Your search led you here to read about the pros and cons of circumcision, but the truth is, you’ve likely been lied to about the purported pros. Circumcision supporters claim that there are health benefits to this invasive, irreversible surgical procedure, but these have all been debunked. On the other hand, intactivists (advocates for keeping the foreskin), point out the proven risks and ethical implications of circumcising a child, along with the lack of medical necessity.
Understanding Circumcision: A Historical and Cultural Perspective
Circumcision is an ancient practice that has historically been used as a rite of passage, a symbol of identity, and a religious rite. For example, in Judaism, it is performed on the eighth day of a male child’s life to signify the covenant between God and Abraham from the Torah — however, alternatives to physical circumcision for those who practice Judaism are becoming more widely accepted and adopted.
Infant circumcision in the U.S. is widely practiced across the entire population; however, it is often associated with a rite of Judaism. Intact America Founding Executive Director Georganne Chapin notes in her intactivist memoir This Penis Business (Lucid House Publishing, 2024) that today many Jews have their sons circumcised in hospitals by doctors within the first 48 hours, which has no religious significance. Others have opted for an alternative to the traditional brit milah (or bris) cutting ceremony called a brit shalom (covenant of peace). Lisa Braver Moss and Rebecca Wald noted in an article for Intact America (https://intactamerica.org/dyk_about-brit-shalom/) that:
“Brit shalom is an uplifting, celebratory baby-naming ceremony specifically designed for non-circumcising families. It’s an affirmation that despite what may be seen by others as a radical choice, the family still considers themselves to be Jewish. And it’s a beautiful symbolic acknowledgment of the ancient Abrahamic covenant.”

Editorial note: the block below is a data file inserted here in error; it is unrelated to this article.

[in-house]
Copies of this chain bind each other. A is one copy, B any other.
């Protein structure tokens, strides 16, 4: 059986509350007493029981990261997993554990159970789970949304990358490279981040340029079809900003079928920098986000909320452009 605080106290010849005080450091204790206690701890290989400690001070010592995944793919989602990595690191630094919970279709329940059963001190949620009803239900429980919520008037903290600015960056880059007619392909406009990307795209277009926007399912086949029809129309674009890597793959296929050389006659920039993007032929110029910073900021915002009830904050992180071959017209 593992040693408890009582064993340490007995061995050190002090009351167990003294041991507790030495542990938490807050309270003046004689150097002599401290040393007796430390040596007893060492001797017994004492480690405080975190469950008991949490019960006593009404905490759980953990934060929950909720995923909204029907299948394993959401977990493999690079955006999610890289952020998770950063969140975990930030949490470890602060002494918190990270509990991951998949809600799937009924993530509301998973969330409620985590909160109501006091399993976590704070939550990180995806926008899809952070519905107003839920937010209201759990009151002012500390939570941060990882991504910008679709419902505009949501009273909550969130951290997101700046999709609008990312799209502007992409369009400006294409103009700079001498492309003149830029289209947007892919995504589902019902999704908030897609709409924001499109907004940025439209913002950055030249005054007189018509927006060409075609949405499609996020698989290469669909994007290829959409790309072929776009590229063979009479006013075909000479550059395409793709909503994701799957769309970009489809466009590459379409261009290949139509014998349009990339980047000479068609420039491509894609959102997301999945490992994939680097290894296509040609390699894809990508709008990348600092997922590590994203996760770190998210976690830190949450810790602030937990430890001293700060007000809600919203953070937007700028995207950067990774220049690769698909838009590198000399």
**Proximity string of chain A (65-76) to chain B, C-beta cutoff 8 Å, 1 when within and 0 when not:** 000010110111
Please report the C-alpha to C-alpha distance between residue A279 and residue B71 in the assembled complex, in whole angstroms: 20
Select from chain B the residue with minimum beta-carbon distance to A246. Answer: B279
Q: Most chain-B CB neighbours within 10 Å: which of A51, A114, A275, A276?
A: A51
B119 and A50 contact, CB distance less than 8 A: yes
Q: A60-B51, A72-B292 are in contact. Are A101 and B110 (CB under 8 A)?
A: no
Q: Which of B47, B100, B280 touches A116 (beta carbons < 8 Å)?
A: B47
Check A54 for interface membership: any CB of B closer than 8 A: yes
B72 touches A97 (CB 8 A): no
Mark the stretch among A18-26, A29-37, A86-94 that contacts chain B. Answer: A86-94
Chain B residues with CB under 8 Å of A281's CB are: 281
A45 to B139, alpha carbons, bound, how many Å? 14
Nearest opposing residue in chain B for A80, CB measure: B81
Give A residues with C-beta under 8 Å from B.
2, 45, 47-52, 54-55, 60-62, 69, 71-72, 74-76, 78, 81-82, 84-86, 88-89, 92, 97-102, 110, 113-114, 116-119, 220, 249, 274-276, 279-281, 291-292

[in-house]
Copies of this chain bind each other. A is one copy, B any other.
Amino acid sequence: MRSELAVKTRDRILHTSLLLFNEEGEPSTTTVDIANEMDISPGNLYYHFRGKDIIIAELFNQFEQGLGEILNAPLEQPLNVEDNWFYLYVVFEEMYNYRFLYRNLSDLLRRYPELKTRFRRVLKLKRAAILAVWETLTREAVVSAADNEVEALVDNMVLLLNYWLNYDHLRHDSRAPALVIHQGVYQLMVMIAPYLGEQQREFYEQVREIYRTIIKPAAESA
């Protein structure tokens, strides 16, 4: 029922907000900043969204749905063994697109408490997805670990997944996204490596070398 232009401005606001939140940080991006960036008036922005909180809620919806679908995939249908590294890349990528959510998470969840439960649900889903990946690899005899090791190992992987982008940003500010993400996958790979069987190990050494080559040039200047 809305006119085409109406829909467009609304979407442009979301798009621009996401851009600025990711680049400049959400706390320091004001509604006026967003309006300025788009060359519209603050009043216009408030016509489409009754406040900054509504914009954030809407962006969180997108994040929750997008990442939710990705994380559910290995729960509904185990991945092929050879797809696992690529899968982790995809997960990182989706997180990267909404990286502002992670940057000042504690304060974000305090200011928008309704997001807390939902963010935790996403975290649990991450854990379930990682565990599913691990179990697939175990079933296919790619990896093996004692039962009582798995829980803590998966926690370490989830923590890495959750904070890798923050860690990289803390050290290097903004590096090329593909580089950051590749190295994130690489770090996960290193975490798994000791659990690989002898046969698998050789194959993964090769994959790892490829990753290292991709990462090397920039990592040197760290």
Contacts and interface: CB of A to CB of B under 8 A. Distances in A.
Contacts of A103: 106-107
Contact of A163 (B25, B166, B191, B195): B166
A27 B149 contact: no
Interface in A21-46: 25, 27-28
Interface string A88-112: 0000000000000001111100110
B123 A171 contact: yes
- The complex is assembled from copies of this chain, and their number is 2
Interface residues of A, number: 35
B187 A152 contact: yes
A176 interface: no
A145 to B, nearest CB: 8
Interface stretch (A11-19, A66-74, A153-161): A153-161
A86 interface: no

Judaism is associated so closely with the rite of circumcision that post-World War II studies in the United States often cited the low rate of Sexually Transmitted Diseases (STDs) in Jews as an argument for the benefits of circumcision. What the studies did not take into account, as Edward Wallerstein pointed out in his groundbreaking book, Circumcision: An American Fallacy, (1980) is that the low rate of STDs in circumcised Jewish men was because Jews, especially Orthodox Jews, tended to live insular lives within a structured family and social network that discouraged contact with women outside the religion and thus were more likely to be protected from contracting an STD. Being circumcised had nothing to do with it. However, Wallerstein reveals the junk science behind many of the conclusions drawn by early studies due to the lack of context in the lifestyles of the study subjects.
Cons of Circumcision
Immediate physical trauma
Infant circumcision is far from risk-free and complications include pain, bleeding, infection, and even death. The pain associated with circumcision is often overlooked. Up to 96 percent of babies in the United States and Canada receive no anesthesia when they are circumcised, according to a report from the University of Alberta in Edmonton published in JAMA (Journal of the American Medical Association) in 1997. The study found circumcision so traumatic that doctors ended the study early rather than subject any more babies to the operation without anesthesia.
According to a study published by the Pediatric Surgery International on February 14, 2019:
“The vast majority of circumcisions are performed by pediatric and obstetric providers in the newborn nursery under local anesthesia, but most pediatric and obstetric providers do not offer circumcision after 1 month of age, or for infants over 10 pounds. Conversely, most pediatric general surgeons and pediatric urologists do not perform circumcisions without general anesthesia, and therefore, do not offer circumcision before 6 months of age, presumably to mitigate anesthetic risks. These risks include apnea and bradycardia in children under 6 months of age, laryngospasm in children under 1 year of age, and the concern for long-term effects on brain development in children under 3 years of age.”